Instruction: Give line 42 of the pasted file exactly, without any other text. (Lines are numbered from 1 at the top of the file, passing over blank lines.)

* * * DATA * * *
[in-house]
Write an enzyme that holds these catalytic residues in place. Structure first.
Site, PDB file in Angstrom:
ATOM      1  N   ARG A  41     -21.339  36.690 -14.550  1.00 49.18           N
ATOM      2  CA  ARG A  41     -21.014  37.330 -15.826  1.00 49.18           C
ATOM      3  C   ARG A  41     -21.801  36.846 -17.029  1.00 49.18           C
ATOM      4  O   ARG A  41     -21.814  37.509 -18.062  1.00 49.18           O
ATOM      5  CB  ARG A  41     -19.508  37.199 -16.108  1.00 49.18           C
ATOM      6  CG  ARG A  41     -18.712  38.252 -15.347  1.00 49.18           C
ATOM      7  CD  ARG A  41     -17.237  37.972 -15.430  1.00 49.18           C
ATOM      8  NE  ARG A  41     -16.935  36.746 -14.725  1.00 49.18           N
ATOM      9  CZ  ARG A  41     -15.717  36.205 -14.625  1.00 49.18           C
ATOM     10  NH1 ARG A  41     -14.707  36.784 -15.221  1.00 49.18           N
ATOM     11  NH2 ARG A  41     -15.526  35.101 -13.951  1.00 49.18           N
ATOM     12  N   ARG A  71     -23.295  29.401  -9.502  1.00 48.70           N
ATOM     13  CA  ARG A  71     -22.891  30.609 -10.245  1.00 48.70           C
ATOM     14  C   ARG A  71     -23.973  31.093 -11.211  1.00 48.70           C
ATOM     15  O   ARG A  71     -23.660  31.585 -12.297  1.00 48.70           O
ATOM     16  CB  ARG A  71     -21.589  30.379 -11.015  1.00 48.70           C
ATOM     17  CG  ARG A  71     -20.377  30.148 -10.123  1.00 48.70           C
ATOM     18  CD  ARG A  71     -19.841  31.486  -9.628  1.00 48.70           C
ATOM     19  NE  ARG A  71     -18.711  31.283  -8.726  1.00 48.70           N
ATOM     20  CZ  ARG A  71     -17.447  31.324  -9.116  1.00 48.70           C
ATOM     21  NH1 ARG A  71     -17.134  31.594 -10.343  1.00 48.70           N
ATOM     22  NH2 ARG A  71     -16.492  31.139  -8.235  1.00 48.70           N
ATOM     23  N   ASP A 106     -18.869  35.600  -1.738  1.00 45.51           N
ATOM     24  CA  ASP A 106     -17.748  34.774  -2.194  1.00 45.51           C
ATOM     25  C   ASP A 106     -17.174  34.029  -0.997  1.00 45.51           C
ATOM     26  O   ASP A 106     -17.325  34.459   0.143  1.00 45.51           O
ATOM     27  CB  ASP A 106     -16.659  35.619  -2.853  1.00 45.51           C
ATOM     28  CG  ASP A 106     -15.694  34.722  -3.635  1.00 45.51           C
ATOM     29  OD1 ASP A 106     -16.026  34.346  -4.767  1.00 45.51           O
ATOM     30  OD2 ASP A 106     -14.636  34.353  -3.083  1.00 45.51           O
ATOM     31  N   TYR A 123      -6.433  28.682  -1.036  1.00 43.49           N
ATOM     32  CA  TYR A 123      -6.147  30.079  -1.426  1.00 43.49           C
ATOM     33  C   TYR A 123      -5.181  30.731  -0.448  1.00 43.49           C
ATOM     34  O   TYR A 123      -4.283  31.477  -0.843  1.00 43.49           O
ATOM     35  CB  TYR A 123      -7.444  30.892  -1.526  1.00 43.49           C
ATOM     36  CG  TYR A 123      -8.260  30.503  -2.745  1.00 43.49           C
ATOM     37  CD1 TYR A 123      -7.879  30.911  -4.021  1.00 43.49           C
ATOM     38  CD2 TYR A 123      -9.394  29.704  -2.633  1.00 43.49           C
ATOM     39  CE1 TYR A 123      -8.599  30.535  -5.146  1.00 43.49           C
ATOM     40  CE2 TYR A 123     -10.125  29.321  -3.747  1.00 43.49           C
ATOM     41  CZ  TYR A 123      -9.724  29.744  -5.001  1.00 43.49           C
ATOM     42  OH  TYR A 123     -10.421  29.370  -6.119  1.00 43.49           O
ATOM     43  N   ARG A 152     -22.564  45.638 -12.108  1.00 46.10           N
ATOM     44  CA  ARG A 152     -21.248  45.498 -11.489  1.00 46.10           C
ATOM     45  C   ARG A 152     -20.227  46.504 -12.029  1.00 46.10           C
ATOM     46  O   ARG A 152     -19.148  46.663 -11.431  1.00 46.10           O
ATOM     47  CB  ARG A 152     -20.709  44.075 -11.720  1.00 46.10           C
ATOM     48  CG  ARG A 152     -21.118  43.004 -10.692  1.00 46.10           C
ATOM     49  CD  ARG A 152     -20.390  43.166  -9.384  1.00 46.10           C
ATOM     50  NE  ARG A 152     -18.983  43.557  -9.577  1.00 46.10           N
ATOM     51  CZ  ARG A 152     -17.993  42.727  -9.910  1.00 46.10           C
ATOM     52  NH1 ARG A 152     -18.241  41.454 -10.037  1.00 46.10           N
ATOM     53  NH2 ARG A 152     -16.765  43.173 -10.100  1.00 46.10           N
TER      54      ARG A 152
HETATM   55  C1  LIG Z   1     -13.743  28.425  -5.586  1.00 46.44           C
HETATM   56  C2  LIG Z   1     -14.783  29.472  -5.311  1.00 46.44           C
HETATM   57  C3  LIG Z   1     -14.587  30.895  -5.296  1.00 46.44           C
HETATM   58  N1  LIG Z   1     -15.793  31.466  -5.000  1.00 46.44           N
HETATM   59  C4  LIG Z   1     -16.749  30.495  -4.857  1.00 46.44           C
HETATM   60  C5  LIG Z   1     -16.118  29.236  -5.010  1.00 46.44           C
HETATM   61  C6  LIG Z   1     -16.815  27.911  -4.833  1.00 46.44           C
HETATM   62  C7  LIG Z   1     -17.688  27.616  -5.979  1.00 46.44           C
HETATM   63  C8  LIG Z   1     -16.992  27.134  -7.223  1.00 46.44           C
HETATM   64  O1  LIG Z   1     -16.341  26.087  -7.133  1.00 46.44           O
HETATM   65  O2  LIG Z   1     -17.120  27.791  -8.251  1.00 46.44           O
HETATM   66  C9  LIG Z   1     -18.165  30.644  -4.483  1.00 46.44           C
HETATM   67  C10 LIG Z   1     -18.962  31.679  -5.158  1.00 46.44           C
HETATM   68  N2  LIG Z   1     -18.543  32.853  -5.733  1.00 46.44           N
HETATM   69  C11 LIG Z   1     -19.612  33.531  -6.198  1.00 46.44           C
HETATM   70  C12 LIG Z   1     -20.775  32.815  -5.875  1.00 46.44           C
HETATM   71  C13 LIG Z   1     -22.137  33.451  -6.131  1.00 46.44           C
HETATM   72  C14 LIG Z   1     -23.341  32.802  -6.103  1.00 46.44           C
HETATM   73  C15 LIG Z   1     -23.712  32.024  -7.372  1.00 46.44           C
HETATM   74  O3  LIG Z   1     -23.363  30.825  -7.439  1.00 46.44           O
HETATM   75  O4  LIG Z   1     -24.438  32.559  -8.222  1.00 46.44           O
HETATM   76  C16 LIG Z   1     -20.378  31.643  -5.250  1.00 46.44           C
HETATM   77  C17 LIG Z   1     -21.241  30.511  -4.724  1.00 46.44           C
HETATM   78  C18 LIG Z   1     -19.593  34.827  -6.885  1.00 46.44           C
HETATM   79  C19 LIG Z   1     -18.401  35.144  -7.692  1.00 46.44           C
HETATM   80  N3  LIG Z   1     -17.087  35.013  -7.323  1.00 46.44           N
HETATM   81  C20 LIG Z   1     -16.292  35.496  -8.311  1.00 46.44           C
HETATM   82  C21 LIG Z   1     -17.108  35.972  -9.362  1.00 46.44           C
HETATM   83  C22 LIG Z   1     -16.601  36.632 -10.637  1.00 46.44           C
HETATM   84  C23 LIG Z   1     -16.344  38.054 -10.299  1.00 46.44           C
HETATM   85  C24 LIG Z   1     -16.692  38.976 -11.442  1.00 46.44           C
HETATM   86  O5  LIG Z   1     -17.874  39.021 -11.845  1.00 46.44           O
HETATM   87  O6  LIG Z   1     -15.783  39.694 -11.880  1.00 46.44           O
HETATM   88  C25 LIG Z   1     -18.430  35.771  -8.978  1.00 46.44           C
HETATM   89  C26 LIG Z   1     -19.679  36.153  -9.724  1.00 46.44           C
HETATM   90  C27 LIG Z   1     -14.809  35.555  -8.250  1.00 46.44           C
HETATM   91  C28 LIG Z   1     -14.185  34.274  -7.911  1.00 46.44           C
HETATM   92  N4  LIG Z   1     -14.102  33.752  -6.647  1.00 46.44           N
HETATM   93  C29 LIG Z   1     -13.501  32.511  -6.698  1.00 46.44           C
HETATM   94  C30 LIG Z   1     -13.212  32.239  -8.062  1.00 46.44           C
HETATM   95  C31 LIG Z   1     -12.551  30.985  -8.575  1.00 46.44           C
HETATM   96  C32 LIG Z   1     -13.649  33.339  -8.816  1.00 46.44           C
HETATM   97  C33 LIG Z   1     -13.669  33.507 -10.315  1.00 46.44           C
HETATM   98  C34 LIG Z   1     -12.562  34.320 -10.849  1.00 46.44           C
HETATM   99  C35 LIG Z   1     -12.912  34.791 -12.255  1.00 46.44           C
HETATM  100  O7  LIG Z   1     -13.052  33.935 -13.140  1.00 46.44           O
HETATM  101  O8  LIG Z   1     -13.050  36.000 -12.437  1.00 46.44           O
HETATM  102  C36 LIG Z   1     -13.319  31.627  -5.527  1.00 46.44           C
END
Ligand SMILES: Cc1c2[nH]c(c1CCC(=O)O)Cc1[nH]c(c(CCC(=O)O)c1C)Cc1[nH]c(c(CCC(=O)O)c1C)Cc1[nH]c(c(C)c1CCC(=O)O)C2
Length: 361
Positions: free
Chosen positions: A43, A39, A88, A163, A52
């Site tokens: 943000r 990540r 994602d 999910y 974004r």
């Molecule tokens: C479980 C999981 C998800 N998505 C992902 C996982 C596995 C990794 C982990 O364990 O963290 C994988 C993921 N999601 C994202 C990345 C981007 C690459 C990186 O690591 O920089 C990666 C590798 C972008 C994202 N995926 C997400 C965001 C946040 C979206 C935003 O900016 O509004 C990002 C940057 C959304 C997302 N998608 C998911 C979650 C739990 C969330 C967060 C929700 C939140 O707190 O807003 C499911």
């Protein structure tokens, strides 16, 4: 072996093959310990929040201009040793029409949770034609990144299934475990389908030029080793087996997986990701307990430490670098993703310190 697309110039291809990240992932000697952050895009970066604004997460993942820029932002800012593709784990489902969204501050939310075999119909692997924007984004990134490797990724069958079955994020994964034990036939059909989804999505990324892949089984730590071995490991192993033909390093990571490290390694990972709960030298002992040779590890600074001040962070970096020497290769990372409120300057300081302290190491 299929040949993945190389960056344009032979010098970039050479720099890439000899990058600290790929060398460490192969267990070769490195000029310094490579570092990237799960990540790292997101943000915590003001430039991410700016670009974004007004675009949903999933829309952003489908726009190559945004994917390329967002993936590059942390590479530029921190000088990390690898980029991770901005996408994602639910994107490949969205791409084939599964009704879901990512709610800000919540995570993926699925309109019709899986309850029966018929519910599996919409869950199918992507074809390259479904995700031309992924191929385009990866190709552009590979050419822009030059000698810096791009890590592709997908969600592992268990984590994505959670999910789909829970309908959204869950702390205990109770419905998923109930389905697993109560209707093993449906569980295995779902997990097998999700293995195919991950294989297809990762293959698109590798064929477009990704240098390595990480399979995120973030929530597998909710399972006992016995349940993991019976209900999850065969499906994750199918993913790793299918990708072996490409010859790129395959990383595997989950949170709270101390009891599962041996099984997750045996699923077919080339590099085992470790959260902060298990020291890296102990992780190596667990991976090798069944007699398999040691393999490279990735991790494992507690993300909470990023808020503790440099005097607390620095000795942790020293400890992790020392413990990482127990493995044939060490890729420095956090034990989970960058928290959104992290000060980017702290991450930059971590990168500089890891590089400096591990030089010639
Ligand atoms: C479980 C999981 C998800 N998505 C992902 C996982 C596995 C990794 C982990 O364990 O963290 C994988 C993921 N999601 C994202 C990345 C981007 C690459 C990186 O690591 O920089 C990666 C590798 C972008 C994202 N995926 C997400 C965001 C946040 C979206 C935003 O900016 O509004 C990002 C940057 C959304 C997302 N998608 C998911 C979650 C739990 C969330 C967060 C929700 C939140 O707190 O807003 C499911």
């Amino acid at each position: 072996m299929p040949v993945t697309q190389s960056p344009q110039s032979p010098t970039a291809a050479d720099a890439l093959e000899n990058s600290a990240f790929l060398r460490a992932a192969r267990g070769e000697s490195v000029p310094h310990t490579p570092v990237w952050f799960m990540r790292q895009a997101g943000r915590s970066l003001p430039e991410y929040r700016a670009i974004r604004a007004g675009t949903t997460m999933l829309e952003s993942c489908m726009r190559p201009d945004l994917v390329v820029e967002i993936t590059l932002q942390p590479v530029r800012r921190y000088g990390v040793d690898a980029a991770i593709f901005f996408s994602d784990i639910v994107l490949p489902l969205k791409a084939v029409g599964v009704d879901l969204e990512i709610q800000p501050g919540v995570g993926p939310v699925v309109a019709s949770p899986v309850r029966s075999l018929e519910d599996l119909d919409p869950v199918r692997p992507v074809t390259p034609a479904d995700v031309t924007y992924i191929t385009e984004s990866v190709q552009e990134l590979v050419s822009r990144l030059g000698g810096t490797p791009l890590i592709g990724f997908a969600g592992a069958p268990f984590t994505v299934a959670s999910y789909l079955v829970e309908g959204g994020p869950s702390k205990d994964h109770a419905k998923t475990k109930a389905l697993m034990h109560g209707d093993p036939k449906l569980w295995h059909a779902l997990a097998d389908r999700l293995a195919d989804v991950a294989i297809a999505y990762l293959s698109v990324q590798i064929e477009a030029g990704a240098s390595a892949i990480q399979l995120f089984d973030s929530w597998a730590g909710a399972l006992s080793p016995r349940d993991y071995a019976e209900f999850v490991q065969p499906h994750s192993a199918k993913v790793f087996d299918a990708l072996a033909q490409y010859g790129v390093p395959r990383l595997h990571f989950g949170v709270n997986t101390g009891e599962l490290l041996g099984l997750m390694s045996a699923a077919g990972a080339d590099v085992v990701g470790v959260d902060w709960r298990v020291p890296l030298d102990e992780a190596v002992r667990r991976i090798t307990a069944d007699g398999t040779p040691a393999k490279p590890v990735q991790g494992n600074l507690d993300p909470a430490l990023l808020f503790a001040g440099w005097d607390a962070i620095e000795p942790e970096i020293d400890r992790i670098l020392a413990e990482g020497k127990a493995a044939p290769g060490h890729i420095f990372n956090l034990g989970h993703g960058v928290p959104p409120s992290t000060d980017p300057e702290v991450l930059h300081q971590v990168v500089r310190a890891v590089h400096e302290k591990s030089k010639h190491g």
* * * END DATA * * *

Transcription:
ATOM     39  CE1 TYR A 123      -8.599  30.535  -5.146  1.00 43.49           C